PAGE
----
86. The Auditor-General's Report for 1906/07 (p 6) noted a deficit of £351,866 in 1904/05 which increased to £554,773 by 1907.
87. Hulett was the largest producer in 1908, followed by Reynolds Bros. See Natal Mercury, 28 November 1908.
88. On this subject, Natal Mercury editor, John Robinson, once stated that "we must always walk with the fear of the Indian authorities in our eyes" (7 June 1877).
89. Natal Mercury, 13 October, 25 November 1892.
90. Letter to the Editor, Natal Mercury, from "Natalian", 11 March 1902. In 1907 the Protector suggested that an inspector be appointed on the North Coast following many complaints about the ill-treatment of indentured labourers. See PAR, Indian Immigration, 1/155, 1907.
91. That silence extended to the issues of the Natal Agricultural Journal during the period 1900 to 1909.
92. M. Swan, Gandhi: The South African Experience (Ravan Press, Johannesburg, 1985), p 63. [ Links ]
93. Governor Henry McCallum described Polkinghorne as "most zealous". See also Warhurst, "Obstructing the Protector", p 38.
94. Desai and Vahed, Inside Indian Indenture, p 143.
95. PAR, CSO 6270, 1907, cited in Desai and Vahed, Inside Indian Indenture, p 144.
96. Warhurst, "Obstructing the Protector", p 38. McCallum's response typifies the tendency of the colonial mind to play down human rights abuses to classes considered inferior. As a result of a dysentery epidemic in 1904, a death rate of 91 per 1 000 occurred amongst indentured Indians on the Umhloti Valley Company estates; also on the Tongaat Sugar Company estates where a rate of 36 per 1,000 was recorded. See Bhana, Essays on Indentured Indians, p 141.
97. PAR, Indian Immigration, 1/156, 28 September 1907.
98. PAR, Indian Immigration, 1/156, 27 September 1907.
99. PAR, Indian Immigration, 1/157, 21 February 1908.
100. PAR, Indian Immigration, 1/156, 1 June 1908. Charles Reynolds left Natal in October 1906 for a six month vacation in Europe. See PAR, CSO 1820, 7265, 5 and 12 October 1906.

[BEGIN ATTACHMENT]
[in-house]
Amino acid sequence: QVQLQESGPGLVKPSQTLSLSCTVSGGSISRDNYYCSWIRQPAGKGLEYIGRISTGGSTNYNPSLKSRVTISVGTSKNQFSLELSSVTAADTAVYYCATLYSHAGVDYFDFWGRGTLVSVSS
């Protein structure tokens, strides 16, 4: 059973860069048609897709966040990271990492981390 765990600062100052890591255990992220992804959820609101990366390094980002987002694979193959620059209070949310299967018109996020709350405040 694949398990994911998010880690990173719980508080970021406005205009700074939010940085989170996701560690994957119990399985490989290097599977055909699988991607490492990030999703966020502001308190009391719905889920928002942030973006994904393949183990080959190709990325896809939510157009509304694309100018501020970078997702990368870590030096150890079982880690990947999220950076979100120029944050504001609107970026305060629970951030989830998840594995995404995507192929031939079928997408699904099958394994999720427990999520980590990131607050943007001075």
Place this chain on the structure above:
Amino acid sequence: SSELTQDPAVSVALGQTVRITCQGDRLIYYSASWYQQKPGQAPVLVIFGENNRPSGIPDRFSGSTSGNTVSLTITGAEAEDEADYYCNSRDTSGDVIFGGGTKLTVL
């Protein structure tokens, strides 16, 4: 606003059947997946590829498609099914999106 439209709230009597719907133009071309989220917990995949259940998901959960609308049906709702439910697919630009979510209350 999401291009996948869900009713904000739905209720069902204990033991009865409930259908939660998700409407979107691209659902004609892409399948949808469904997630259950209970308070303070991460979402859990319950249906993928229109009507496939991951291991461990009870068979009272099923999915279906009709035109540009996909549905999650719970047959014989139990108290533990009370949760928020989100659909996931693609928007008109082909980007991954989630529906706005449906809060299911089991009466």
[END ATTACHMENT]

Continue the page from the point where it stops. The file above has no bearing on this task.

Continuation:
101. Well-attended meetings took place in the Durban Town Hall during the period from March 1907 to April 1908. Natal Mercury, 8 March 1907; 2 April 1908. The issue also featured at the Natal Farmers Conference in April 1908. Natal Mercury, 17 April 1908. The issue was also topical in the correspondence columns of the Mercury throughout 1907 and 1908.
102. PAR , Indian Immigration, 1/156.
103. PAR, Indian Immigration, 1/156.
104. PAR, Indian Immigration, 1/156, 19 June 1908.
105. PAR, Indian Immigration, 1/156, 4 and 7 November 1908; and Desai and Vahed, Inside Indian Indenture, p 144.
106. Natal Witness, 10 and 11 August 1908. The 20-day trial resulted in the mayor receiving a two year gaol sentence.
107. See J. Guy, Remembering the Rebellion: The Zulu Uprising of 1906 (University of KwaZulu Natal Press, Scottsville, 2006). [ Links ]
108. PAR CSO 1860, No. 4457, July 1908.
109. Natal Legislative Assembly, Votes and Proceedings, Vol. LXVII, 1908, p 262.
110. Haggar was listed as a member of the Social Democratic Federation based in Britain. See J. Edwards, The Labour Annual 1908: The Reformers Year Book (Forgotten Books Reprint, London, 2013), pp 74-75. [ Links ]
111. PAR, MSCE 1912, Vol. 45/94. C.P. Reynolds died in Mexico City on 12 February 1912. His estate was valued at £60 000. The 1911 edition of the Natal Directory continued to list him as a resident of Umzinto (p 888).
112. Four sat in the Legislative Assembly: R.M. Archibald and J. Kirkman represented Alexandra County, C. Hitchens and P.A. Silburn for Alfred County. T. Kirkman and W. Hutchinson, respectively from Alexandra and Alfred Counties, sat in the upper house - the Legislative Council.
113. The complaints emanated from the 228 Indians aboard the Red Riding Hood. Similar complaints were not made by the 185 returning Indians aboard the Umvoti. See Thompson, "Indian Immigration," pp 118-119.
114. PAR, Indian Immigration, 1/156, 28 September 1907. In this regard Desai and Vahed have commented that the Reynolds' "hands were soaked in the blood of indentured labourers". See Inside Indian Indenture, p 145.
115. P. Dickinson, "The Umzimkulu Sugar Company Ltd 1904-1940", The South African Journal of Economic History, 4, 1, March 1989, pp 21-23. [ Links ]
116. R. Johnson, British Imperialism: Histories and Controversies (Palgrave, Basingstoke, 2003), pp 60-62. [ Links ]
117. Veracini, Settler Colonialism, p 14.
118. Quoted in Veracini, Settler Colonialism, p 22.